Professors receive NEH grant to offer education on immigrant and refugee experiences

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two women stand in Mercer's historic quad
Mercer University faculty Libertad Aranza, left, and Dr. Katherine Roseau received a $150,000 grant from the National Endowment for the Humanities’ Humanities Initiatives at Colleges and Universities program. Photo by Evey Wilson Wetherbee

Starting in Spring 2025, Mercer University students will have the opportunity to take new advanced French and Spanish courses that focus on the immigrant and refugee experience. 

Students in these classes will learn about the lives and identities of refugees and immigrants and the diversity in Georgia created in part by recent waves of immigration from Francophone and Hispanic countries. They also will conduct oral histories in local Haitian and Hispanic communities, hearing firsthand what it’s like to be an immigrant or refugee in America. 

The courses will strengthen students’ French and Spanish skills and prepare them for future careers. 

“Students are wanting to work with refugee and immigrant populations,” said Dr. Katherine Roseau, assistant professor of French. “I think what we’re doing is tapping into how students want to use their language with their careers. And we want to give them the opportunity to do that at Mercer.” 

The courses — FRE/SPN 385: Special Topics: Immigration and Oral Histories — are being developed as part of a $150,000 grant from the National Endowment for the Humanities’ Humanities Initiatives at Colleges and Universities program. Dr. Roseau and Libertad Aranza, Spanish lecturer, are co-directing the grant project. 

Dr. Roseau and Aranza, with help from Vice Provost of Engaged Learning Dr. Kathy Kloepper, will offer faculty development workshops as part of the grant. These will include training from Dr. Alana Alvarez, associate professor of Spanish, on how to incorporate oral history projects in their courses. Faculty also will receive education on refugees and immigrants in the U.S. 

Other upcoming activities include a refugee and immigrant film series, a celebration for National Immigrants Day, and a two-day humanities symposium on refugee and immigrant studies.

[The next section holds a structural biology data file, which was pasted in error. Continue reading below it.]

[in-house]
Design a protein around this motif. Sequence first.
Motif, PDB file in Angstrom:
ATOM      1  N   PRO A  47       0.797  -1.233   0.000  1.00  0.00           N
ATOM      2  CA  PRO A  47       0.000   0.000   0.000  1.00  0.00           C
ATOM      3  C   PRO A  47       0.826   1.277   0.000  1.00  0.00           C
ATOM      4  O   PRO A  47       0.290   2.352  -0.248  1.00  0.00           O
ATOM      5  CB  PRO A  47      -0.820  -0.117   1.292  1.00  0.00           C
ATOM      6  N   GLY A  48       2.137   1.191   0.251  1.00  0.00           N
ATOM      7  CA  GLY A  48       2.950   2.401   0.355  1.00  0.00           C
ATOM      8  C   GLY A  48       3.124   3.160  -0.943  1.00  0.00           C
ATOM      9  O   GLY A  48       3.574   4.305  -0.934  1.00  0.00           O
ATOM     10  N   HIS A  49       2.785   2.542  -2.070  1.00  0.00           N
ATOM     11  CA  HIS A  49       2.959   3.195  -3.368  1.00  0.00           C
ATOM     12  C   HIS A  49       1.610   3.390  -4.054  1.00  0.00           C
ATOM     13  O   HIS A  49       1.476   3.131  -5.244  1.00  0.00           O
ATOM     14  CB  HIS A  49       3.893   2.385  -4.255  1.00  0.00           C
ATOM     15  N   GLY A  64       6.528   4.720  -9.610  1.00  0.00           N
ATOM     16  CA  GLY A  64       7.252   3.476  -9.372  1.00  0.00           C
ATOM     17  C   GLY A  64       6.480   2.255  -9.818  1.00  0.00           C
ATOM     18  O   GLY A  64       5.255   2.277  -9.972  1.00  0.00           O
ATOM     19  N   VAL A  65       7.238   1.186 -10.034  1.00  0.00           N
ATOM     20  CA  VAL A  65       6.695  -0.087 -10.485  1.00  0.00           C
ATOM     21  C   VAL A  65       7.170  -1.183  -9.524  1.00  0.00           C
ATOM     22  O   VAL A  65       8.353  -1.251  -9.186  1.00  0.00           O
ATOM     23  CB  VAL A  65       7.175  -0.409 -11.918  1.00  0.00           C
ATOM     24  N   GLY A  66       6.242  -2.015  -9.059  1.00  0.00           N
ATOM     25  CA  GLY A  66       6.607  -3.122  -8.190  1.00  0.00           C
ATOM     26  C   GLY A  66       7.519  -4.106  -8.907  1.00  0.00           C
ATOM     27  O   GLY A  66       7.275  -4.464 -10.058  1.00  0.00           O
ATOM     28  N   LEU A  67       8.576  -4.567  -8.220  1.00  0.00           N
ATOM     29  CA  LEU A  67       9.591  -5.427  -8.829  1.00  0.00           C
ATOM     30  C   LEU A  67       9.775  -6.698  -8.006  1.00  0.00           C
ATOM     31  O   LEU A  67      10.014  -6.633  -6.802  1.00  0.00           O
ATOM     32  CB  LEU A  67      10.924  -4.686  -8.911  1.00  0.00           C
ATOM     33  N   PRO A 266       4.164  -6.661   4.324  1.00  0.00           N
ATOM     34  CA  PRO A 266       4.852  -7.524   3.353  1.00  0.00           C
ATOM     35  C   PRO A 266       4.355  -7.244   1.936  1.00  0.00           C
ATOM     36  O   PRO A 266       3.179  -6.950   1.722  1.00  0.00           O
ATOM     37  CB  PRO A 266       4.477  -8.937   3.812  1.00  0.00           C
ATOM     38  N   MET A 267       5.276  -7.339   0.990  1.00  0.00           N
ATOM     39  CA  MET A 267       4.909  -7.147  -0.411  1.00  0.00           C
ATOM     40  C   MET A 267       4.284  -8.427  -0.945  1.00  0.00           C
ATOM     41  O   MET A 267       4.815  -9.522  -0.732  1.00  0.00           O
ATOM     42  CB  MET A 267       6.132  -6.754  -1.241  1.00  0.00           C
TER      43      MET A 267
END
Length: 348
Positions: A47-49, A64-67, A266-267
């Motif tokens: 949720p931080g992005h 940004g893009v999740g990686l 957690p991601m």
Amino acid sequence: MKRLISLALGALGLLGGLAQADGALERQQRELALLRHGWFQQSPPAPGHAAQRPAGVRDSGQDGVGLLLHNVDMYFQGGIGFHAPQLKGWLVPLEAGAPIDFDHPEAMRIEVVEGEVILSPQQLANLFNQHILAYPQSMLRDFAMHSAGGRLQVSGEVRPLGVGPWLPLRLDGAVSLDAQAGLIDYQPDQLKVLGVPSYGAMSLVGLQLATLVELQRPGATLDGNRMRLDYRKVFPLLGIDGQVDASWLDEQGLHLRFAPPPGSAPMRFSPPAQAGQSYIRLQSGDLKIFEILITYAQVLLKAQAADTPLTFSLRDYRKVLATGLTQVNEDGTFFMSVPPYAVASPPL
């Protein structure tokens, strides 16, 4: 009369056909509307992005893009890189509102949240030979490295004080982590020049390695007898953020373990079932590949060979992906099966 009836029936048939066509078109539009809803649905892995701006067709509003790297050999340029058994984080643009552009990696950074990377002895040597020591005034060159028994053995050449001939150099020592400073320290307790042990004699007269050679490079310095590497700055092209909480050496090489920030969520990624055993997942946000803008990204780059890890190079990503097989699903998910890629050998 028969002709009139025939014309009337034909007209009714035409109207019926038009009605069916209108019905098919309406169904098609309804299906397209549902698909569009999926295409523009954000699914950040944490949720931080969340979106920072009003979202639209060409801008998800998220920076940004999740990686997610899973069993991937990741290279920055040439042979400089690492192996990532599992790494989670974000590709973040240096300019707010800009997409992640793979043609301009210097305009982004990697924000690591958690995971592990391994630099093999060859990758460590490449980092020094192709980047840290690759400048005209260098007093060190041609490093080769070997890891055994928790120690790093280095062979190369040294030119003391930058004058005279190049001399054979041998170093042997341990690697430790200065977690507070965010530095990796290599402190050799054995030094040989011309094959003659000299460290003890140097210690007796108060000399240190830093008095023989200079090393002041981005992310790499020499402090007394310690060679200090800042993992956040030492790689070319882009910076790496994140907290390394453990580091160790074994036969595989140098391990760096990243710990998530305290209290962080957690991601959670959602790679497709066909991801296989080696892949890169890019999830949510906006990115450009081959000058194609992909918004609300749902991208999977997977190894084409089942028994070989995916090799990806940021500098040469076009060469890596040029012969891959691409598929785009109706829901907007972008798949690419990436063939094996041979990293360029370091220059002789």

Dr. Roseau and Aranza already have begun incorporating the refugee and immigrant experiences in their teaching. In fall 2023, they took students from their upper-level classes to San Diego, California, to participate in service-learning activities at the border.

a group of people listen to a man talking. a wall with barbed wire is in the background
Mercer University students traveled to the the U.S.-Mexico border near San Diego, California, in November. Photo courtesy Libertad Aranza

In spring 2023, Dr. Roseau’s studies in Francophone cultures class researched the Haitian diaspora in Georgia to help the State Department engage with people from Haiti in the United States. This included interviewing members of the Haitian community, and the grant will allow this work to continue.

Collecting oral histories will allow students to practice their language and teach them to “be sensitive to other people’s experiences and perhaps value their life and all the advantages they have here in the U.S. and the status that they have compared to the people that they’re going to be interviewing,” Aranza said. 

The oral histories will be included in two new textbooks — one in French and one in Spanish — and a website that students will develop. The textbooks will be freely shared as an open educational resource. 

Students will come away from the new courses “with practical experience, improved language skills and a new perspective on these populations that don’t live so far away,” Dr. Roseau said. 

 

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